The flexure 12 is formed from a thin leaf spring and subjected to a pressing load from the projection 111 with one side of the flexure 12 attached to one side of the load beam 11 where the projection 111 is located. The magnetic head 2 is attached to the other side of the flexure 12. At a joint 13, the flexure 12 is secured to the projection 111 side of the load beam 11 by spot welding or the like. The spot welding may be replaced by swaging. The flexure 12 has a tongue portion 120 in the center thereof. At one end, the tongue portion 120 is bonded to a lateral frame portion 121 of the flexure 12. Both ends of the lateral frame portion 121 are connected to longitudinal frame portions 123, 124 of the flexure 12. A groove 122 is provided between the tongue portion 120 and the longitudinal frame portions 123, 124, extending around the tongue portion 120. The magnetic head 2 is bonded to one side of the tongue portion 120 through an adhesive or the like to be in spring contact with the projection 111.

A plurality of such magnetic head units 95 may be arranged at intervals on a workpiece pallet 971. Then, the magnetic head units (or workpieces) 95 and the workpiece pallet 971 may be mounted on a conveying jig 973 and held against the conveying jig 973 by a holding jig 972.

The static attitude adjusting apparatus illustrated in FIG. 1 is employed for adjusting the static attitude of the thin film magnetic head 2 of the above magnetic head unit. The static attitude angles include a pitch angle and a roll angle. The pitch angle refers to an angle between the magnetic head 2 and a reference line parallel to the longitudinal axis L of the load beam 11 (see FIG. 2); the roll angle refers to an angle about the longitudinal axis L. The static attitude angles may vary depending on the assembled position of the magnetic head 2 relative to the head support 1, the bending of the head support 1, and other conditions. According to the static attitude adjusting method and apparatus of the present invention, the static attitude can be reliably adjusted to desired angles.

The laser emitter unit 91 irradiates a laser beam LA to areas of the flexure 12 which are exposed externally on both sides of the magnetic head 2 and/or between the magnetic head 2 and the joint 13 where the flexure 12 is secured to the load beam 11. As the laser emitter unit 91, there may be employed a variety of types of lasers including a YAG laser. The illustrated laser emitter unit 91 comprises a laser oscillator 911 and a laser head 912. The laser head 912 is directed toward a bent area of the flexure 12.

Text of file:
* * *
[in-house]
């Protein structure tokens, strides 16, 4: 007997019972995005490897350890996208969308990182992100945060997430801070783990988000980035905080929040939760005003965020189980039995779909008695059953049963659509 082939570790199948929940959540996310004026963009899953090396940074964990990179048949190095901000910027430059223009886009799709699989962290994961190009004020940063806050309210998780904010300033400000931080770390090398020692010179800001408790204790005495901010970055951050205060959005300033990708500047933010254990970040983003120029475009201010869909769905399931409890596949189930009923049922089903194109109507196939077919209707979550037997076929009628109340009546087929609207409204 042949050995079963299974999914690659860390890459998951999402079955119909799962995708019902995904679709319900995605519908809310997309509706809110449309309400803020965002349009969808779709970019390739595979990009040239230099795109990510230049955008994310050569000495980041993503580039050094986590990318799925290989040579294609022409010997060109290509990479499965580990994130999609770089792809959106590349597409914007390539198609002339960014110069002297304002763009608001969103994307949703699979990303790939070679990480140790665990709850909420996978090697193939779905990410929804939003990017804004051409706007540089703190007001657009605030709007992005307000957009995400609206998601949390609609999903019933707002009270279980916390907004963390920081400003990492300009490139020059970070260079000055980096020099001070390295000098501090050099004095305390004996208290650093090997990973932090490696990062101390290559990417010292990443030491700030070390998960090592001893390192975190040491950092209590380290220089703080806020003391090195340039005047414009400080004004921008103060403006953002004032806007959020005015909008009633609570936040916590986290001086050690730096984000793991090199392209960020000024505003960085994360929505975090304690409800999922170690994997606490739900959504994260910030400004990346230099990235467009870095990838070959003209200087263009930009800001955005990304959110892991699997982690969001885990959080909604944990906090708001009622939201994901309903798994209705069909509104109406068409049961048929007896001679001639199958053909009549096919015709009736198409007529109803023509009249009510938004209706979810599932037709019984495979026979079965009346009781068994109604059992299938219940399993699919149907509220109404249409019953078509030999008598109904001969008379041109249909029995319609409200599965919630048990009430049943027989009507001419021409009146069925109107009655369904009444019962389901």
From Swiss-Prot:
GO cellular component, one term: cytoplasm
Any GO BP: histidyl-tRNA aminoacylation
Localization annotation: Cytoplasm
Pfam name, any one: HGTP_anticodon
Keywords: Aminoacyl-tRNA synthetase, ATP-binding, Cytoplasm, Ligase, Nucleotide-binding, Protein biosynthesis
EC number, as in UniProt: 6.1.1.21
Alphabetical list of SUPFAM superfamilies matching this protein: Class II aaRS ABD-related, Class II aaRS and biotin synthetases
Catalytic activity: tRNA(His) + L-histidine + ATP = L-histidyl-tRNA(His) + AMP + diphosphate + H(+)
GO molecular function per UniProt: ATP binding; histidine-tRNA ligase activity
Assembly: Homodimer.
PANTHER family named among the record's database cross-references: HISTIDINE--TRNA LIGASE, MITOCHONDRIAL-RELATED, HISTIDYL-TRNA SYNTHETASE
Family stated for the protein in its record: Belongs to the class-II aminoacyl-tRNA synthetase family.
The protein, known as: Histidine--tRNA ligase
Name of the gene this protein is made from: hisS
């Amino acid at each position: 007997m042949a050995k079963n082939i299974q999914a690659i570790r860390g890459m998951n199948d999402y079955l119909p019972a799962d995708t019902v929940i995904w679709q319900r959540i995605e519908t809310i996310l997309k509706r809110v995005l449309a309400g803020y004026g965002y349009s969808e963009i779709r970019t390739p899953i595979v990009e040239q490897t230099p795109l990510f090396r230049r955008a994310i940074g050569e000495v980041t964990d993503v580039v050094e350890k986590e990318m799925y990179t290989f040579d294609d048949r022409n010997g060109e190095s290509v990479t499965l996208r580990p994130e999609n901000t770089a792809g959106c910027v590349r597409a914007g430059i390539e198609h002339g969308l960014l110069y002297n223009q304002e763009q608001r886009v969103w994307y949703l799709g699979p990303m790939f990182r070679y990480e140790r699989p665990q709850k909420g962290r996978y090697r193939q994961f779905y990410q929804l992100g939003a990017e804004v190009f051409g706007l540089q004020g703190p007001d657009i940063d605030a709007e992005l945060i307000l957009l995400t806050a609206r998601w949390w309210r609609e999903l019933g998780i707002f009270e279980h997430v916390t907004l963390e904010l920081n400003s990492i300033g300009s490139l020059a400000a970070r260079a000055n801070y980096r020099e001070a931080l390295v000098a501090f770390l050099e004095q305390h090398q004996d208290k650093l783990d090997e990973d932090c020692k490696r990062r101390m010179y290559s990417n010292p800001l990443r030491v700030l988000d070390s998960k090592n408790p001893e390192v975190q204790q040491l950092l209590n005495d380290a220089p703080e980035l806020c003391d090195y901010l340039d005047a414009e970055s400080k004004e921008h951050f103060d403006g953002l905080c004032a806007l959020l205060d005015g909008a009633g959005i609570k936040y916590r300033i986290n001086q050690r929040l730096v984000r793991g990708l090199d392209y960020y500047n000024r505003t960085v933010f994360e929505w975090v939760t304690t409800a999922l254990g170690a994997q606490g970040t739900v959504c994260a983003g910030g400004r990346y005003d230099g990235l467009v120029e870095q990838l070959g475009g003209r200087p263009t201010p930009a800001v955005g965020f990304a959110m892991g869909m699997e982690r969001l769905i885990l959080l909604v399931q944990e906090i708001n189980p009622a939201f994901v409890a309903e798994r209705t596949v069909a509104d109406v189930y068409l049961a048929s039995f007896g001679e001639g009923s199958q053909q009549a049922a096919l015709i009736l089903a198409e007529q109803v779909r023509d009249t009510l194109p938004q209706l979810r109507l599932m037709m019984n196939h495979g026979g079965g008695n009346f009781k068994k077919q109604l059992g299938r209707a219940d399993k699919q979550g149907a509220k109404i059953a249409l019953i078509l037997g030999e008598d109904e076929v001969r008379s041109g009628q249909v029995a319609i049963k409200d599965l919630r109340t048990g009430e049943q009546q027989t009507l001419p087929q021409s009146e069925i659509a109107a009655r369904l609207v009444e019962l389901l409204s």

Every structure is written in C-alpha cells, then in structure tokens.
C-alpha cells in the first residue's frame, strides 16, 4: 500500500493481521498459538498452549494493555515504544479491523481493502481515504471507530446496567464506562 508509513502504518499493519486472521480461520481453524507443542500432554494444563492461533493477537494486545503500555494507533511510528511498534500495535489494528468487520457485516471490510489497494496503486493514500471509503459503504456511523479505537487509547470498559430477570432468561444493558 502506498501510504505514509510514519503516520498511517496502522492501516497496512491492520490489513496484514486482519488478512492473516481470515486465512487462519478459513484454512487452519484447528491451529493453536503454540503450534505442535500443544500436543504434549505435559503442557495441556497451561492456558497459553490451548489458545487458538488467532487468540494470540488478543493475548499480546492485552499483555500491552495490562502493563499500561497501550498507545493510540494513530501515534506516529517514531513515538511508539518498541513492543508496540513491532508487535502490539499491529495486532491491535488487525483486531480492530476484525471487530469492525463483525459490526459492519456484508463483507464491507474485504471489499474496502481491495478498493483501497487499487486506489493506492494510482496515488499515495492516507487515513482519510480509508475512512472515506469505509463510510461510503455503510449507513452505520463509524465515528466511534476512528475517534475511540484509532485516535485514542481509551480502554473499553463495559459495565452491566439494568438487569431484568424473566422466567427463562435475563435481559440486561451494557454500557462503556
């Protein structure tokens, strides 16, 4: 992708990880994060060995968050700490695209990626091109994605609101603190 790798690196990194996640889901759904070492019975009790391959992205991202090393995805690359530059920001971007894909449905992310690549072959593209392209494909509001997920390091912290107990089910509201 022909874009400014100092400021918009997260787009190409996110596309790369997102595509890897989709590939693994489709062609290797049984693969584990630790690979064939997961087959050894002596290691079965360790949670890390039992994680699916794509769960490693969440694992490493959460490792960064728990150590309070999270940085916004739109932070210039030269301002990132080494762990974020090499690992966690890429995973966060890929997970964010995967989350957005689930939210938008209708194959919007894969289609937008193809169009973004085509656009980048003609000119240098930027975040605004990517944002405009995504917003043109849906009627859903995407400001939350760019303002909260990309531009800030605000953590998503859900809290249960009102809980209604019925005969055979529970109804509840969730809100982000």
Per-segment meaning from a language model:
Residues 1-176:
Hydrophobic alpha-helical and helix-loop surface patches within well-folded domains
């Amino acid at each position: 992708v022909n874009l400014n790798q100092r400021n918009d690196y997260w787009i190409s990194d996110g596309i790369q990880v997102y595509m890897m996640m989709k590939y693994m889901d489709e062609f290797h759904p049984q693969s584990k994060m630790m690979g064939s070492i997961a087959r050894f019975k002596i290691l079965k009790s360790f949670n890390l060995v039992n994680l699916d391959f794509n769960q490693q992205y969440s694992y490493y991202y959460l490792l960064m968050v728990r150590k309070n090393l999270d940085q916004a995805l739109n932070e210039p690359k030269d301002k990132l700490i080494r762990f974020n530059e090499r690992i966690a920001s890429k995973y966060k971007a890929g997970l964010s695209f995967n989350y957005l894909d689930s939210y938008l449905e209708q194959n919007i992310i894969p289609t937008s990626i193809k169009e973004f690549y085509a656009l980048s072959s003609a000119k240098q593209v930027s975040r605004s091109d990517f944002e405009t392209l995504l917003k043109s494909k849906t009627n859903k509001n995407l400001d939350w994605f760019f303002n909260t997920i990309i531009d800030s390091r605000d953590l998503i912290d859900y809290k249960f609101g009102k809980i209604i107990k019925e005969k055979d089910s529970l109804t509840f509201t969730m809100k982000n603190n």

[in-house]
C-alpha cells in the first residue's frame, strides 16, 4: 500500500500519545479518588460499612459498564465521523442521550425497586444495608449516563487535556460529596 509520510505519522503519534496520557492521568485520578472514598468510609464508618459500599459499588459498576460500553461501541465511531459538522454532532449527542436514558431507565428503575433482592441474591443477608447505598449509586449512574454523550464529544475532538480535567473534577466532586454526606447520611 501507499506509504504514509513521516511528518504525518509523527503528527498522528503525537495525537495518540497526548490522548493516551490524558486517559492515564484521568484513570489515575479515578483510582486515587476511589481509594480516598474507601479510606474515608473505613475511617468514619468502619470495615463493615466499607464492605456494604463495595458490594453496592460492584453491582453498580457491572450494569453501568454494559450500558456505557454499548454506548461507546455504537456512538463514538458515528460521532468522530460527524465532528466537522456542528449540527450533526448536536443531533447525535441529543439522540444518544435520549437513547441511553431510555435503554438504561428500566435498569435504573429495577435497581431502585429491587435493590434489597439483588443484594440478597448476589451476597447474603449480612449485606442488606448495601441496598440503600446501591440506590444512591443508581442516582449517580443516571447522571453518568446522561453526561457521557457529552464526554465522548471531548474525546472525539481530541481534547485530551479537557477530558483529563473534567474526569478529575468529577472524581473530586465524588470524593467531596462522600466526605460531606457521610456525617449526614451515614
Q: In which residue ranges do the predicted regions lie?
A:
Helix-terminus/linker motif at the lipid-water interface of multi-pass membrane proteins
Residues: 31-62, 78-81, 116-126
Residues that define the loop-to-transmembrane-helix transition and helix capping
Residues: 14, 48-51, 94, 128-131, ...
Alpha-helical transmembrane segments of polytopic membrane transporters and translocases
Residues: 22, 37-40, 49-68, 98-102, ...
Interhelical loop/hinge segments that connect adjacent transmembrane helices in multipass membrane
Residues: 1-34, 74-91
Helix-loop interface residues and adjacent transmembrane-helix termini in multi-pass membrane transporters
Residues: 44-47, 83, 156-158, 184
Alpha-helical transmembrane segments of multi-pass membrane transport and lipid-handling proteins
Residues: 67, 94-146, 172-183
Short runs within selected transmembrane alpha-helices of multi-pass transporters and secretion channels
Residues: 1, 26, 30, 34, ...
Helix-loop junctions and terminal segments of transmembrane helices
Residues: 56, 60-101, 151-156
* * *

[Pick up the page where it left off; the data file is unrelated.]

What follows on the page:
The adjusting unit 92 bends the flexure 12 for static attitude adjustment. FIG. 3 is a diagram showing one embodiment of the adjusting unit 92. In this embodiment, the adjusting unit 92 has four adjustment pins 922 to 925 and four driving units 932 to 935. The adjustment pins 922 to 925 are movable pins which will be moved linearly by the driving units 932 to 935, respectively, with their distal ends positioned to be able to come into contact with the longitudinal frame portions 123, 124 of the flexure 12. The adjustment pins 922, 924 are located on one side of the flexure 12 (where the magnetic head 2 is attached), while the adjustment pins 923 and 925 are located on the other side of the flexure 12. In the illustrated embodiment, the adjustment pin 922 is opposed to the adjustment pin 923, and the adjustment pin 924 is opposed to the adjustment pin 925. However, the adjustment pins (922, 923 or 924, 925) of each pair may be arranged in different locations without being opposed to each other.

In the illustrated embodiment, the adjustment pins 922 to 925 are inclined to the surfaces of the flexure 12. With this configuration, mutual interference, e.g., contact of the opposite ends of the driving units 932, 934 supporting the adjacent adjustment pins 922, 924, can be avoided even if the thin film magnetic head 2 and the flexure 12 are miniaturized to have a significantly small plane area. This is true for the driving units 933, 935 supporting the adjacent adjustment pins 923, 925.

The measuring unit 93 detects the static attitude angles of the thin film magnetic head 2. For example, the measuring unit 93 may be directed toward an air bearing surface (hereinafter referred to as ABS) of the magnetic head 2. A detection signal produced by the measuring unit 93 is supplied to the computer system 94. The illustrated measuring unit 93 comprises a signal processor 932 and a detecting unit 931. The detecting unit 931 may comprise an angle detection means, such as a CCD or a laser autocollimator.